The holy month of Ramadan is a very special month in the calendar for Muslims, it’s a time of reflection and connection with one’s faith and for considering those less fortunate and in need.
It comes as little surprise to find a strong link between the honey bee and raw honey with the Middle East and Arab culture, it has been there for centuries. Raw honey is mentioned in “The Bee,” a chapter in the Quran, and considered to be one of the ‘heavenly foods served in Paradise’. The Prophet Muhammad, PBU, declared people to respect and protect the bees because of what they offer to medicine, nutrition, and agriculture through their gift that is raw honey.
The ancient Egyptians as well as the Sumerians used raw honey as food and as medicine to invigorate health. Raw Honey from the Middle East has always been highly valued. People are prepared to pay large amounts for a jar of high grade raw honey because of its provenance, healing qualities and rich taste, it is often given to family and friends as a gift when visiting their houses.
The word Ramadan in Arabic means scorching hot or dry and people show self-discipline by fasting during daylight hours over the course of 30 days and nights. It is important to remain healthy and make sure the right foods and nutrients are being consumed during the evenings, for Suhoor (the meal consumed early in the morning before day light) and Iftar (breaking of fast) when the sun goes down.
Taking raw honey for Suhoor is a good way to sustain ones fast throughout the day as the natural sugars in honey are absorbed quickly giving an immediate energy boost, while the fructose content is absorbed more slowly providing sustained energy. This keeps blood sugar levels constant compared to other types of sugar or glucose-rich carbohydrates. Raw honey boosts the immune system and can also act as a serotonin the neurotransmitter that lifts mood and encourages sleep.
The key is to plan your meals ahead of time for the evenings and be ready to break the fast with customary dates. These fruits are nutritional powerhouses and are an integral part of Arab culture and tradition during Ramadan. They are eaten to break the fast at sunset before Maghrib prayers after ‘Azaan’ (call for prayers) and then to sit down for Iftar. All are welcome to join Iftars and share conversation and it’s a nice way to learn about the food and culture.
The important thing whilst fasting is to stay hydrated and replenish your body through the evening hours and to avoid salty and fried foods. I find honey water, with raw honey of course, to be a really good way to hydrate, energise the body and alleviate digestive issues including acidity and bloating.
Camel milk has been a part of Bedouin culture for generations. It has powerful nutrients and lots of health benefits with far higher levels of iron, vitamin C and protein than cow’s milk and with less fat. When possible I include camel milk at Suhoor along with raw honey, fruits and nuts to give me what I need.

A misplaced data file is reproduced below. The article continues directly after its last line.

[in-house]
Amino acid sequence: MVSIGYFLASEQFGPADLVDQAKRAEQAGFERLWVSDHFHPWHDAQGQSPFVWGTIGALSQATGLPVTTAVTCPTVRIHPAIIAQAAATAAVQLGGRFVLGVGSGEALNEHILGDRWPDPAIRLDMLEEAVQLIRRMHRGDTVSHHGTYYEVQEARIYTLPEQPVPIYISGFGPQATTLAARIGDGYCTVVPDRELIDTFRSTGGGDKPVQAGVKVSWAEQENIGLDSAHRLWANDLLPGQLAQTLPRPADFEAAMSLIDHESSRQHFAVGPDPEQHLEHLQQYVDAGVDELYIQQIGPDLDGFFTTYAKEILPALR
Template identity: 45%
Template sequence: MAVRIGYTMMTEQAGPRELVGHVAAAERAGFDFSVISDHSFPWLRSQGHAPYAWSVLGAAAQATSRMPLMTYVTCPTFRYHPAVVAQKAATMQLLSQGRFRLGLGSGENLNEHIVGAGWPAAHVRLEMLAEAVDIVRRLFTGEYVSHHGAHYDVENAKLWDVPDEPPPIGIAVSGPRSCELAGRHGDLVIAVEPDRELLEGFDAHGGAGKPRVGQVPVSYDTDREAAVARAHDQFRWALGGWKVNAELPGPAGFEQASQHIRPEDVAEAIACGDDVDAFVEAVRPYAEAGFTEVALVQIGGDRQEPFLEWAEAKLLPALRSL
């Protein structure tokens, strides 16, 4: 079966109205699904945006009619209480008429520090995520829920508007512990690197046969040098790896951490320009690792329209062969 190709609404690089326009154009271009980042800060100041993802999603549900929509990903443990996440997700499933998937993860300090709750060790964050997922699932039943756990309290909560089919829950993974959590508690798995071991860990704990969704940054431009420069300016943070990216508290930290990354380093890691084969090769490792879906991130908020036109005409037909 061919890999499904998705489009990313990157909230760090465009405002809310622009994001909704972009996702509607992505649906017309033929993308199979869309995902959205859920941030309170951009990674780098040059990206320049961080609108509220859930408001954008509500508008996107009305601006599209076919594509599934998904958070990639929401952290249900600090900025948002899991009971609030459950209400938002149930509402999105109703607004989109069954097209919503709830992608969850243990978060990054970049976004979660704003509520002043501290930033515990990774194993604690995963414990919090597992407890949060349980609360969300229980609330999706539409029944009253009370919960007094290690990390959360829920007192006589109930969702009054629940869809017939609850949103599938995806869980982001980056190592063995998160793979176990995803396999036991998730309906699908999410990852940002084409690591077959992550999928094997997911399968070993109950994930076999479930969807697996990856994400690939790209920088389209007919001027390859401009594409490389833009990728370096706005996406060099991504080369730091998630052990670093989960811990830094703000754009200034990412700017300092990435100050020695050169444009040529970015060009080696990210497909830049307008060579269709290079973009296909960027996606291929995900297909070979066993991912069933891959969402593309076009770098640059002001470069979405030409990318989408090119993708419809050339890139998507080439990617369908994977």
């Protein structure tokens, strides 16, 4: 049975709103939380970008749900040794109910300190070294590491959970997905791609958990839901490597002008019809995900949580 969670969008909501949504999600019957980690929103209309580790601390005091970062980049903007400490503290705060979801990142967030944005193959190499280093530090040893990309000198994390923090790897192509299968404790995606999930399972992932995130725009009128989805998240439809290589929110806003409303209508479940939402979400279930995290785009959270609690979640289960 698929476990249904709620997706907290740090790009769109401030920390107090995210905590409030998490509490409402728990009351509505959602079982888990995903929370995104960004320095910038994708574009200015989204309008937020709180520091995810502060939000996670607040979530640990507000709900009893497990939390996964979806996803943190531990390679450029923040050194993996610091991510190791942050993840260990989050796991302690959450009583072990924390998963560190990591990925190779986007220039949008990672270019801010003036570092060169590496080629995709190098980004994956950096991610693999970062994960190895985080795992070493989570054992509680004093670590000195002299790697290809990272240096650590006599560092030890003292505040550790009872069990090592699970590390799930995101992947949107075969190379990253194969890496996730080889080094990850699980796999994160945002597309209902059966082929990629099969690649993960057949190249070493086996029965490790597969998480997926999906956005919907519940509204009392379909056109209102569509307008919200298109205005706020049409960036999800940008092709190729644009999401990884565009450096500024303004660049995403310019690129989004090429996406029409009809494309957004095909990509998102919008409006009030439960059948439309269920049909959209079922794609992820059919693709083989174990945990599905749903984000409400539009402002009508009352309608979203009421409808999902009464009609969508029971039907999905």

These nice and simple recipes are packed with protein and fibre to sustain your body through a day of fasting.
Place natural yogurt in a bowl and top with granola and fresh blueberries or another fruit of your choice. Drizzle raw honey over the top and serve.
Soak a handful of dates in a cup of milk (of your choice) overnight. Take a big spoonful of natural yoghurt, the soaking milk, dates, a teaspoon of raw honey and ice cubes (optional). Blend in a power blender until smooth.
Blend together camel milk, natural yoghurt, oats soaked in milk or a little juice, frozen banana, natural peanut butter, chia seeds and raw honey. Or change it up and replace the peanut butter with dates.
Spread natural almond butter on toasted, seeded pitta bread and top with sliced banana, sesame seeds and a drizzle of raw honey.
Iftar is a special time to gather with family and friends to celebrate the days fast and to appreciate the hard work in bringing the good food served before you. Along with dates, juices, dried fruits, nuts, rice and meat dishes, desserts are a favourite at Iftar. Here are some of my favourites to try at home.
Iftar is a special time to gather with family and friends to celebrate the day’s fast and to appreciate the hard work in bringing the good food served before you. Along with dates, juices, dried fruits, nuts, rice and meat dishes, desserts are a favourite at Iftar.
Whilst travelling in the mountains of southern Portugal I came across Ochala, a vegetarian cafe run by a lovely Portuguese lady called Isobel who serves the most amazing homemade baklava. The origins of baklava date back to the Ottoman Empire and it’s certainly a well-known sweet in the Middle East and a favourite at Iftars. Isobel was kind enough to share her recipe with me.
Take approximately 10 pieces of filo pastry layered with a brush of raw honey and a filling of walnuts or almonds or pistachios. Cut the pieces and place in the oven for 15 minutes then cover in warm honey so it soaks through. Simple and full of goodness to share or offer as a gift at Iftar.
The Balqees team wish everyone a Ramadan Kareem and leave you with this passage from the Holy Quran (Chapter 16. The Bees) reinforcing the belief in the healing powers of raw honey:
“And the Lord inspired the bee, saying:
‘Take your habitations in the mountains
And in the trees and in what they (humans) construct.
Then, eat of all fruits and follow the ways
Of your Lord made easy (for you).’
There comes forth from their bellies a drink of
Varying colors wherein is healing for mankind.
Verily in this is indeed a sign for people who think.”
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